1. This appeal relates to the question of costs disallowed by the learned City Civil Judge in his judgment and decree in O. S. No. 1735 of 1957 on his file.
2. The suit was filed by a firm called Messrs. A'. Hajzee Abdul Rahim Sahib and Co., represented toy partners (1) A. Hajee Abdul Rahim Sahib, (2) A. Jameel Ahmed Sahib and (3) S. Mohamed Ismail Sahib, praying for the recovery of a sum ofRs. 17,956-85 with interest thereon at 9 per cent per annum from the date of the plaint and for other reliefs from the defendants in the suit It is not necessary to refer to the averments in the plaint or in the written statement. One of the objections raised on behalf of the defendants was that the suit was not maintainable, as the plaint firm was not registered as required by the provisions of the Indian Partnership Act. This question of the maintainability of the suit was tried as a preliminary issue by the learned City Civil Judge, as the issue raised the fundamental question of the maintainability of the suit itself. The learned City Civil Judge, held after hearing the arguments on both sides and after trying the issue as a preliminary issue, that the suitwas not maintainable. He accordingly dismissed the suit but did not award any costs in favour of the successful defendants. The reason, why no costs were awarded to the defendants, can be gathered only from paragraph 11 of his judgment,
'It is undoubtedly unfortunate that a very substantial claim has to go uninvestigated and relief refused to the plaintiffs on a technical ground. In the position of law, as it appears to me, this hasbecome inevitable. The objection taken by the defendants is therefore sustained. The preliminary issue is answered in their favour, and the suit is dismissed, but under the circumstances, without costs.'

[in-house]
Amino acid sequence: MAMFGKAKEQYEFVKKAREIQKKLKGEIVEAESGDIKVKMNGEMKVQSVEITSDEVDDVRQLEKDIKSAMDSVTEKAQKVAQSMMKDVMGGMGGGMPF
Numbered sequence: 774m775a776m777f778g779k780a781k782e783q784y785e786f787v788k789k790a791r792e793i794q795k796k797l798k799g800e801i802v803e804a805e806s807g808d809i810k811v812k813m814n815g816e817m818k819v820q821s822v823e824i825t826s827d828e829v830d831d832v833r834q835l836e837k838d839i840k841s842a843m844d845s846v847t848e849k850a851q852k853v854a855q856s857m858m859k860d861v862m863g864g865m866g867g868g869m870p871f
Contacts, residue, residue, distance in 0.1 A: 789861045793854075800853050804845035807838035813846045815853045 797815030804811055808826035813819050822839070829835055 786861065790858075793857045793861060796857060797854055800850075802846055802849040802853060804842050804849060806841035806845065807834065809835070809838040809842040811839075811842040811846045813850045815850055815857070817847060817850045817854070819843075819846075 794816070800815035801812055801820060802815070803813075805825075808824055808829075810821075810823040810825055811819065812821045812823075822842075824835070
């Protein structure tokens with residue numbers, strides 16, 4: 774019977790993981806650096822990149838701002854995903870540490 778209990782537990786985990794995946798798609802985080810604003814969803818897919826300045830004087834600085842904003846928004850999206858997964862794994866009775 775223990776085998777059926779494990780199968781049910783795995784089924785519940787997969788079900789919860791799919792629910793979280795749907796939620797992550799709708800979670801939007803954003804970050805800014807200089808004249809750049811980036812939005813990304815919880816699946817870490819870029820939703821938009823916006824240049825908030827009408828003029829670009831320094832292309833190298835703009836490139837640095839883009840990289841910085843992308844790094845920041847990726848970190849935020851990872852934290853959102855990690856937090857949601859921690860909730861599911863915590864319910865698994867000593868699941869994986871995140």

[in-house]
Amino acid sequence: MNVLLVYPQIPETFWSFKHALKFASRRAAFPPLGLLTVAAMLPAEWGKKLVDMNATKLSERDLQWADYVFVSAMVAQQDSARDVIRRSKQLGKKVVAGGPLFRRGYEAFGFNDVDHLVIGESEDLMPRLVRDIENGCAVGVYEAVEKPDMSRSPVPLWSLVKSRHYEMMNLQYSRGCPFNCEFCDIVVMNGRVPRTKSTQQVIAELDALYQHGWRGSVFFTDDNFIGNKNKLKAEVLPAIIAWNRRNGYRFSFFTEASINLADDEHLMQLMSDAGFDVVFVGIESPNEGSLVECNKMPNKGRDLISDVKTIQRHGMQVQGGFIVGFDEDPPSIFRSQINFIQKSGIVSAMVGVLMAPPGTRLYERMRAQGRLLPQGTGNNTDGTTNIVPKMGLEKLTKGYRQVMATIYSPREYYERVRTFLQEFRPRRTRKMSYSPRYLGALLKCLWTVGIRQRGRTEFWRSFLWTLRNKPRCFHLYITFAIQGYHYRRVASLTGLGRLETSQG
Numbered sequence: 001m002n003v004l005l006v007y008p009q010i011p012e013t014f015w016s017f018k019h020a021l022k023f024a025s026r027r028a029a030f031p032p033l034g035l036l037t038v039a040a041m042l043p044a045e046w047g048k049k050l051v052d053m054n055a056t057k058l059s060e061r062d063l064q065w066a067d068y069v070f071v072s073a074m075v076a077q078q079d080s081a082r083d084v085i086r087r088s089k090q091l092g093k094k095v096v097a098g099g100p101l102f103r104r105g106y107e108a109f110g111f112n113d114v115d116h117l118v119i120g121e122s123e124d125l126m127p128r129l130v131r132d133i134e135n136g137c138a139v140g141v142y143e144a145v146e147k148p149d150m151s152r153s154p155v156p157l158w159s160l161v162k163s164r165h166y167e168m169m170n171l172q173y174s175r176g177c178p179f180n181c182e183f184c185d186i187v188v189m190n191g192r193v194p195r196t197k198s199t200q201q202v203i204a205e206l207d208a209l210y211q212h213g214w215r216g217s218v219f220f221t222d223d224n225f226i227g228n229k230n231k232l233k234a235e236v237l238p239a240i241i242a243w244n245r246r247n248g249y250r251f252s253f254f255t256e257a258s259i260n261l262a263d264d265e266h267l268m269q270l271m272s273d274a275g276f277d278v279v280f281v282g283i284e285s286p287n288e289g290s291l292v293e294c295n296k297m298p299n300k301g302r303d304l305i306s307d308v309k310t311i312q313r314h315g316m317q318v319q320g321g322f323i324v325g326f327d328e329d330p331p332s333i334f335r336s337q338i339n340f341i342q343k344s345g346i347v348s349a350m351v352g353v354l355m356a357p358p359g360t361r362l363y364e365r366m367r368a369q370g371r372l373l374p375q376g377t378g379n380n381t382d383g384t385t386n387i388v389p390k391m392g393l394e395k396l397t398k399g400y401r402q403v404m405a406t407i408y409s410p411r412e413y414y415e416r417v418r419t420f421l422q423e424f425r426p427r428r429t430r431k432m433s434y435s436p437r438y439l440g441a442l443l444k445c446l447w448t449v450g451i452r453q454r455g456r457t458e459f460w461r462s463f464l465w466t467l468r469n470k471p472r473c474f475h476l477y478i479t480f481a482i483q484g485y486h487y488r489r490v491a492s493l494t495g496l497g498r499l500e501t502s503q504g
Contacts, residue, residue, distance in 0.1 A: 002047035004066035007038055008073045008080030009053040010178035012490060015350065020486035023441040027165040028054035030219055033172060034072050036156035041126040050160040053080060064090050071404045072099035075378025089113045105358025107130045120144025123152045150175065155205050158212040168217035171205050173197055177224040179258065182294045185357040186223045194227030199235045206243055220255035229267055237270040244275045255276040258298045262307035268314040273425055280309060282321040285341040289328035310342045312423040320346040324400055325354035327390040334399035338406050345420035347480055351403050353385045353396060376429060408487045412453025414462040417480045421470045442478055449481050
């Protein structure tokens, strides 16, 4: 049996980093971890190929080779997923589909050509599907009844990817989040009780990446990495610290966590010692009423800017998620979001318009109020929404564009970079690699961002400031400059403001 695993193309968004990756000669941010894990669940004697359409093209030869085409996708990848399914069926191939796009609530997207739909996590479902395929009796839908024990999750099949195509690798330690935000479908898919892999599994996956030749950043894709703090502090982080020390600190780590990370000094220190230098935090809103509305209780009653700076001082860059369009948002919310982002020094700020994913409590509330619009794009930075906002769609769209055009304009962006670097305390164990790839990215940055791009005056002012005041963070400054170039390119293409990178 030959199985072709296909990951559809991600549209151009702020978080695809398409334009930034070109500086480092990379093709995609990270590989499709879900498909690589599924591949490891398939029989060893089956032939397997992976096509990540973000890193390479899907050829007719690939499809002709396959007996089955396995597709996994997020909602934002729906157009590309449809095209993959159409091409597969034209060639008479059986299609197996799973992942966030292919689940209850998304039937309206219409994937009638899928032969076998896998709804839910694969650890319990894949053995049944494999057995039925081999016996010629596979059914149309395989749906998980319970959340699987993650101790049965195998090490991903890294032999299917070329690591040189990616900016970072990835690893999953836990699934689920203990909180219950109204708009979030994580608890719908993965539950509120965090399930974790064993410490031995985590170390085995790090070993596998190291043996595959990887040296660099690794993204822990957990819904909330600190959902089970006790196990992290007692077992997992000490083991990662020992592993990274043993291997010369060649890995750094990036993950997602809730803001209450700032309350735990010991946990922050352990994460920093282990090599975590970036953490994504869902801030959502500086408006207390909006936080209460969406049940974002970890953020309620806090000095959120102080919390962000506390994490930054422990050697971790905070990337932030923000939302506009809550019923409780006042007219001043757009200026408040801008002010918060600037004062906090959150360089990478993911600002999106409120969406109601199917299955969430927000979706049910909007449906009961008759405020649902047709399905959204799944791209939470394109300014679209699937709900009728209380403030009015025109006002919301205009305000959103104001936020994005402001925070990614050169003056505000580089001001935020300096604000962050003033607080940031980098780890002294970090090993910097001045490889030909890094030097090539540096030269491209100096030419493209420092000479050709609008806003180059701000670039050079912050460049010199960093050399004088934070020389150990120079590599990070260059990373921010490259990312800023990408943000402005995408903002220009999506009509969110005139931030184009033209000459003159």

This appeal has been preferred by defendants who take exception to that portion of the judgment which negatived costs in their favour.
3. On behalf of the respondent (the plaintiff-firm) Mr. Selvaraj, learned counsel, has raised the preliminary objection that the appeal has abated. The learned counsel submits that two of the partners died in a car accident early in September, 1960 and that the legal representatives of the deceased partners have not been brought on record as respondents in this appeal. This objection cannot be sustained in view of the provisions of Order 30, Rule 4, C. P. C. It is in these terms:
'4 (1) Notwithstanding anything contained in Section 45 of the Indian Contract Act, 1872, where two or more persons may sue or be sued in the name of a firm under the foregoing provisions and any of such persons dies, whether before the institution or during the pendency of any suit it shall not be necessary to join the legal representative of the deceased as a party to the suit.'
A firm has been recognised by the Civil Procedure Code, as a unit or entity for the purpose of civil actions. It is conceded that one of the partners it still alive and though the other partners are dead there is no disability on the part of the appellants in continuing this appeal against the firm which is now represented by the surviving partner. The preliminary objection is therefore overruled.